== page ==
22 Apr 2020 · Software Engineering

    Testing Ansible Roles with Semaphore

    9 min read


    If you are even slightly familiar with configuration management, you have probably heard of Ansible before.

    In short, Ansible is a configuration management tool that allows you to manage nodes over SSH or PowerShell written in Python. Ansible then uses YAML to express reusable descriptions of systems.

    The most simplistic usage is sending ad-hoc commands or one big playbook to (multiple) nodes. However, that’s not where its true power lies. As a developer or system engineer, you want to be able to re-use your code. This is where Ansible roles come in.

    Ansible Roles

    An Ansible role is a collection of tasks that need to be performed so you can achieve a certain outcome.

    As a best practice, you want your role to focus on only one thing. As the Unix philosophy states: do one thing, and do it well.

    So, in this example, we will create a role for installing the Erlang programming language.

    Ansible roles have the following structure:

    # Role structure:

    Role Default Variables

    The defaults/main.yml file is for configuring some default variables that will be used throughout the execution of the role. By adding them to the defaults/main.yml file, you can easily overwrite values later if you need to.

    Our default values look as follows:

    erlang_ppa_repo: 'deb http://packages.erlang-solutions.com/{{ ansible_distribution | lower }} {{ ansible_distribution_release | lower }} contrib'
    erlang_ppa_key: 'http://packages.erlang-solutions.com/ubuntu/erlang_solutions.asc'
    erlang_ppa_key_id: 'A14F4FCA'
      - erlang

    Let’s break down the variables:

    erlang_ppa_repo: this is the repository address used by the Aptitude package manager.

    erlang_ppa_key: the location of the PPA key to verify the package integrity

    erlang_ppa_key_id: the ID of the PPA key

    erlang_packages: contains a list of packages you want to install

    Role Tasks

    In your tasks folder, you can store all the tasks that need to be executed on the nodes. To install Erlang on our node, we need to execute 3 tasks:

    - name: repository - add the GPG key
        url: '{{ erlang_ppa_key }}'
        id: '{{ erlang_ppa_key_id }}'
        state: present
      when: erlang_ppa_key != None
    - name: add repository to install Erlang from
        repo: '{{ erlang_ppa_repo }}'
        update_cache: yes
      when: erlang_ppa_repo != None
    - name: install packages
        pkg: '{{ item }}'
        state: installed
        update_cache: yes
        cache_valid_time: 3600
      with_items: erlang_packages

    In the first task, we add the GPG key to Aptitude, while the second task adds the repository. Both tasks have a conditional. This is to check if the erlang_ppa_key and erlang_ppa_repo are filled in. If those variables are not filled in, Ansible will skip those tasks.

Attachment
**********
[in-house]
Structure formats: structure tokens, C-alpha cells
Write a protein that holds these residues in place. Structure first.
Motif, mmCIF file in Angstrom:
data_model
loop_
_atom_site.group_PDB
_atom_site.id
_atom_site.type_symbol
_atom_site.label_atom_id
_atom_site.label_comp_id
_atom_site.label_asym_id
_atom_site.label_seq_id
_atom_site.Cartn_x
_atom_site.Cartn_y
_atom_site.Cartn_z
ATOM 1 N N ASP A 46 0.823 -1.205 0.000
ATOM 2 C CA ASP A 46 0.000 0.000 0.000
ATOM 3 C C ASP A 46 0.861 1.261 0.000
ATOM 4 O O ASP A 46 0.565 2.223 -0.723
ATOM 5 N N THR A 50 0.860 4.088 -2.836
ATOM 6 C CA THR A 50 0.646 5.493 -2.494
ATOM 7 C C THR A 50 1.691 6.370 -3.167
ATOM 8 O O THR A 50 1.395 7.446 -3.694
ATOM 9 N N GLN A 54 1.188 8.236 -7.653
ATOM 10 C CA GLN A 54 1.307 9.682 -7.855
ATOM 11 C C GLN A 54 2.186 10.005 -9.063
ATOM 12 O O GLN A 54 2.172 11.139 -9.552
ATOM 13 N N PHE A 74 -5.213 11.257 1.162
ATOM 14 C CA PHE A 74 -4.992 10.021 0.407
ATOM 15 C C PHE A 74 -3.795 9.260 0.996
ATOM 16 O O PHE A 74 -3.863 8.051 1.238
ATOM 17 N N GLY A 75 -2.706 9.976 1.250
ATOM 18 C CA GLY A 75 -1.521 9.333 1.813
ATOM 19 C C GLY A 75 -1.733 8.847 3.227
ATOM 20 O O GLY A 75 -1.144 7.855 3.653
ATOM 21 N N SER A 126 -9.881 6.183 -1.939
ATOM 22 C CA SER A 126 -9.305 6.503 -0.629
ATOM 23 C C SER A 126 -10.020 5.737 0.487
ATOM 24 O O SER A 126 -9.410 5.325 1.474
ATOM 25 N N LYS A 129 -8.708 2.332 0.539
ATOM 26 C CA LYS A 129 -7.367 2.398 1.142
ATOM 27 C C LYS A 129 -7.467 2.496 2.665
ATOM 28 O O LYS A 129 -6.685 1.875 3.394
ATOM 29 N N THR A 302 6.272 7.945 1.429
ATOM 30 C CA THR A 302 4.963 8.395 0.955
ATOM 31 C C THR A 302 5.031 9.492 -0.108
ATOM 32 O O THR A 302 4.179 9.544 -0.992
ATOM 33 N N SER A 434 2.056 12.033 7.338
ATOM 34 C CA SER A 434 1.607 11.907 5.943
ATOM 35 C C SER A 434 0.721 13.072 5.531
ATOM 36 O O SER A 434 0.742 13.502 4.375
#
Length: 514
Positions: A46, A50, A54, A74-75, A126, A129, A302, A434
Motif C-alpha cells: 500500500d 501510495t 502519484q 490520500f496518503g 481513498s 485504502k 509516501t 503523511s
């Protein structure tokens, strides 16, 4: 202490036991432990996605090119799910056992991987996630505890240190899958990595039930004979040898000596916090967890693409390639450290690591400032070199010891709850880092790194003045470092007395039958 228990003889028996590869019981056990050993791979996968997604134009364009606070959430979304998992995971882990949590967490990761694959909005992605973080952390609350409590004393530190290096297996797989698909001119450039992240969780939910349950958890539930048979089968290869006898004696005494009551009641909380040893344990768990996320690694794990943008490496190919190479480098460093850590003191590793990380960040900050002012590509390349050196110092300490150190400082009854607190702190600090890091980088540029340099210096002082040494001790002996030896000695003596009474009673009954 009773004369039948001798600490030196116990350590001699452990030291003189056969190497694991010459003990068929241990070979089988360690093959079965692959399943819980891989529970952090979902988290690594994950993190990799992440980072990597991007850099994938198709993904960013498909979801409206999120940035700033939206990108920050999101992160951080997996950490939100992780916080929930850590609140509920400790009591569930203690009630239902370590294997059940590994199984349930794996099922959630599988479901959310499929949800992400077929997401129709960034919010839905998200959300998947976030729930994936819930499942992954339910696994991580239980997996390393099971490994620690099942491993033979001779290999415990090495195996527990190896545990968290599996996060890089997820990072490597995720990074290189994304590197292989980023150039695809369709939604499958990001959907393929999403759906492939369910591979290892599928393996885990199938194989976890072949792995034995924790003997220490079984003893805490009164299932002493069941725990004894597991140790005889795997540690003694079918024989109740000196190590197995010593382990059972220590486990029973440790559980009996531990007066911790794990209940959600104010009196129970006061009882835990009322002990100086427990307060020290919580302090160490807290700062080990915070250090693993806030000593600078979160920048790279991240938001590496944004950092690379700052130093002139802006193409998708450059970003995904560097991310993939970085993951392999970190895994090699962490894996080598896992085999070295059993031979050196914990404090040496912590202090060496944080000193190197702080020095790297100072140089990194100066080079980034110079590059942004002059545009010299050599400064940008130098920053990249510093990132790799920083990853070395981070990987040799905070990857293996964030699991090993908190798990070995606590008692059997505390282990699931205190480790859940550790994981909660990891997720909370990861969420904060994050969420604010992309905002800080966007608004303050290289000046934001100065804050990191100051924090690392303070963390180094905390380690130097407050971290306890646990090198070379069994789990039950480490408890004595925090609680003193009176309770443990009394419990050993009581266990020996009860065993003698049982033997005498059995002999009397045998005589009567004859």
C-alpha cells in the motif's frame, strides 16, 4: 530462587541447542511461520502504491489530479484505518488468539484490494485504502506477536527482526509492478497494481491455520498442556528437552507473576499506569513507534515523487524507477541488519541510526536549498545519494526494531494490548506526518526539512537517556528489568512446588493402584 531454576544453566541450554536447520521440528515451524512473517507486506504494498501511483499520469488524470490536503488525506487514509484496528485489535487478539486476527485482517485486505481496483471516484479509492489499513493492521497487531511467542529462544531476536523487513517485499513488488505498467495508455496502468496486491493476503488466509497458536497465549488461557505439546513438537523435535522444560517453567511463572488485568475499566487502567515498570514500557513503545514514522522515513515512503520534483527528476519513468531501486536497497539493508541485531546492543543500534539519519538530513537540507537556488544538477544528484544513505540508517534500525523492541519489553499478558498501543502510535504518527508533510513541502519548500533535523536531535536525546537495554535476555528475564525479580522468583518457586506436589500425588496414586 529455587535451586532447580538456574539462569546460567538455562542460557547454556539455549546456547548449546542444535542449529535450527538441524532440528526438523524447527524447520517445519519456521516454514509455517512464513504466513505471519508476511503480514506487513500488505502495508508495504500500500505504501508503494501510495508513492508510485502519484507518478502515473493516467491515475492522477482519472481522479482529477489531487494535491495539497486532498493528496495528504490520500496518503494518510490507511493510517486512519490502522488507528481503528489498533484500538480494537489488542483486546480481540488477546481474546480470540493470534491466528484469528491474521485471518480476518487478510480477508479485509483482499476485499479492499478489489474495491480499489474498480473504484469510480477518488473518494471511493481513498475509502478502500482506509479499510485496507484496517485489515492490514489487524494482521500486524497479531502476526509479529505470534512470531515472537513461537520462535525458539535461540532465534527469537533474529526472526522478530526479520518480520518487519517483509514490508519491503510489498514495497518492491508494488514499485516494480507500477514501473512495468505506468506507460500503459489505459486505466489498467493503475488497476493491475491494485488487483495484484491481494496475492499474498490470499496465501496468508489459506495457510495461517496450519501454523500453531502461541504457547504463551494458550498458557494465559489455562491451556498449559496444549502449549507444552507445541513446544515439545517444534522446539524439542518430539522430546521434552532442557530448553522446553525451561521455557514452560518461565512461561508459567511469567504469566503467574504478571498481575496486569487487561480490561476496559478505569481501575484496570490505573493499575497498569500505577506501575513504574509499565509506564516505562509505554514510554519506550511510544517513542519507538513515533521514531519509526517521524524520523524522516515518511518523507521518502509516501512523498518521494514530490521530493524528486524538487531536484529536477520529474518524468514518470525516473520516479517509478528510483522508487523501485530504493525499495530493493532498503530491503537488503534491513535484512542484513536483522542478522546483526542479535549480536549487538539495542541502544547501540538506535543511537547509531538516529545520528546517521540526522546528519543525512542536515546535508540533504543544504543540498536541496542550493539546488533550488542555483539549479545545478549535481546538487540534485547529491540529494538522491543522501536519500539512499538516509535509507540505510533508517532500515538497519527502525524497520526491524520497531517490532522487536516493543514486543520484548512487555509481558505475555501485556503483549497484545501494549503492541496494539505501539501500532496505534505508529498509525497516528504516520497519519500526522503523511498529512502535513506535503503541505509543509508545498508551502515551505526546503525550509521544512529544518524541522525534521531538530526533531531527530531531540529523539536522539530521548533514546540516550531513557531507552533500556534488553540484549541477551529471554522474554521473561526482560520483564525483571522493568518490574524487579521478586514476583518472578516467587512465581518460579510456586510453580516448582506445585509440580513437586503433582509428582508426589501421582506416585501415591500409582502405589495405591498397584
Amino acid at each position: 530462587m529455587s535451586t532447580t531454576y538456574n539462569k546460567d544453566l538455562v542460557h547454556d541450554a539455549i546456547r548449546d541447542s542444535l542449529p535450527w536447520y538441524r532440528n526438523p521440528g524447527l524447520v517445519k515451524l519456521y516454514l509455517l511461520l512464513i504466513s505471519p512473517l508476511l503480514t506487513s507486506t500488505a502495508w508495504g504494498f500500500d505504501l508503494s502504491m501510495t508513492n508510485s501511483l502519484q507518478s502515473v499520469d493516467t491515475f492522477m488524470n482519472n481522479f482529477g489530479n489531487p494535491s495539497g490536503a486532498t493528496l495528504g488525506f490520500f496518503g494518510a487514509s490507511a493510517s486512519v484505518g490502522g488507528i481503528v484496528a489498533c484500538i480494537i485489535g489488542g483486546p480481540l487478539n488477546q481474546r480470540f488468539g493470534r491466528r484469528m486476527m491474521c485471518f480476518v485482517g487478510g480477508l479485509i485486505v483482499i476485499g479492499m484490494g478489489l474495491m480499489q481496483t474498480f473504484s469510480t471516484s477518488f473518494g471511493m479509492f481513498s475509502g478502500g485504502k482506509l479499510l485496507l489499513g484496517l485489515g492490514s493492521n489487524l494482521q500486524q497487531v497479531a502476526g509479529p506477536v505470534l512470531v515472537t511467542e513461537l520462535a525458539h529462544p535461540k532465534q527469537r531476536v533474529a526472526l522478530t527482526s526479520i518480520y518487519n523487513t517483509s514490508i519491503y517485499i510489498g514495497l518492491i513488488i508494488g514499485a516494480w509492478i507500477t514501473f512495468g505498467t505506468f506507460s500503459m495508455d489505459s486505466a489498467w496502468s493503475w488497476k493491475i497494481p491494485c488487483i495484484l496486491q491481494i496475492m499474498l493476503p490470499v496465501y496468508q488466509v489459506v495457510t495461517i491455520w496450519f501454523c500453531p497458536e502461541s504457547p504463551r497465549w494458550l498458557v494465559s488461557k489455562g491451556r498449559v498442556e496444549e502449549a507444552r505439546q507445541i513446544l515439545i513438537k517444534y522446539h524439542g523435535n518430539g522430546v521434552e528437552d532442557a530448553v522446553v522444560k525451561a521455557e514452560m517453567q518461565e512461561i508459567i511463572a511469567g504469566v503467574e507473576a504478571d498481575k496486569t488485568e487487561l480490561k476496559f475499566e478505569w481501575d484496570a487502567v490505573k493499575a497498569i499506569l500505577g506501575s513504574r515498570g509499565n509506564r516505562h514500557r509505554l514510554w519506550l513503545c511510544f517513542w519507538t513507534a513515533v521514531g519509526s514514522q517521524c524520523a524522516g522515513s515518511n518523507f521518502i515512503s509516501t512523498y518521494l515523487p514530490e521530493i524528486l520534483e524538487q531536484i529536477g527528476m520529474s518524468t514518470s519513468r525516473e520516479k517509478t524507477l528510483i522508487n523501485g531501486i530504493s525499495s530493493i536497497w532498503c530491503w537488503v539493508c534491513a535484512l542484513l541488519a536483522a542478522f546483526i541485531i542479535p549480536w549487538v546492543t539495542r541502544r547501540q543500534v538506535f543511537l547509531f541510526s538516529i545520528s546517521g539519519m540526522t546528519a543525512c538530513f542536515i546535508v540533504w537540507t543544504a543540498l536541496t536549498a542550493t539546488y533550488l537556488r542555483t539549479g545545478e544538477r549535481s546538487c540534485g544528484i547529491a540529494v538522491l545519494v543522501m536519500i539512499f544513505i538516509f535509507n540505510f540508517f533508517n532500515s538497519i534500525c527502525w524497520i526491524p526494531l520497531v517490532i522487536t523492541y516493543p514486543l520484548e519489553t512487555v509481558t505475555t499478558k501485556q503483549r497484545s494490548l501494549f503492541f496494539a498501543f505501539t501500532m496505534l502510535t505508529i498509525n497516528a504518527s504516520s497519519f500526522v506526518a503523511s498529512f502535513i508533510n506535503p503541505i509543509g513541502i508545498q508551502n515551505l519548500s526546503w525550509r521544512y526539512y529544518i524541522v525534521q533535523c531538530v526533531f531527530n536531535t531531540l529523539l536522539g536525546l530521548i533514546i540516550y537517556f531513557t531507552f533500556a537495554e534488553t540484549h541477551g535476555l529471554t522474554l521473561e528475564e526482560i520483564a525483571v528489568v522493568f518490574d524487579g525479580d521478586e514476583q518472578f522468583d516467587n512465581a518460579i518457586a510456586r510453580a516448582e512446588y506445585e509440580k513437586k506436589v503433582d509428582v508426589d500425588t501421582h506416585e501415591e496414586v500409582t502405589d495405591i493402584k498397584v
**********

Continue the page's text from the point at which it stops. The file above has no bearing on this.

For instance, you might not wish to install Erlang for another PPA, but just want to install the package from the default distro repositories.

    The last task will install all the packages defined in the erlang_packages variable. In our case, the Erlang package.

    How to Determine What to Test

    Before continuing with the content of the test directory, let’s take some time to think about what exactly we want to test.

    There are 3 points you need to consider:

    1. Is the YAML syntax of my role correct? Even though writing YAML is easy, everyone makes typos once in a while.
    2. Does your role run through all tasks without failing?
    3. Is your role built in an idempotent way? This means that a second run cannot create new changes.

    Now that we have a clear view on what we will be testing, it’s time to put things into practice.

    Setting Up the Test Environment

    As you saw in the role structure, we have 2 files inside our tests directory. The name of this directory can be chosen freely, but it’s a good convention to keep the name as clear as possible.

    Playbook Inventory

    The inventory file contains the nodes you want to access. Since we will be testing our role on Semaphore, we will be adding localhost to the file


    We will eventually use the command’s --connection=local option to tell Ansible to run the test playbook on the local machine.

    Playbook Play

    The tests.yml file is where we define our actual play.

    - hosts: all
        - { role: ../../ansible-role-erlang, sudo: Yes }

    Here we tell Ansible to run this play on all nodes: hosts: all. In the roles list, we define our Erlang role that needs to be executed. With the sudo: Yes variable, we tell Ansible to run the tasks as a super user.

    Configuring Test Tasks

    You’ll need to define your build settings inside the Semaphore interface. You can do this by going to the Project Settings and selecting Build Settings.

    Semaphore Build settings

    Inside your build settings, you can start by adding the build command that you need. For each build setting, you can select when a certain command needs to be executed. Semaphore gives you 4 options:

    • During setup
    • After a thread is finished (post-thread)
    • In thread 1
    • In thread 2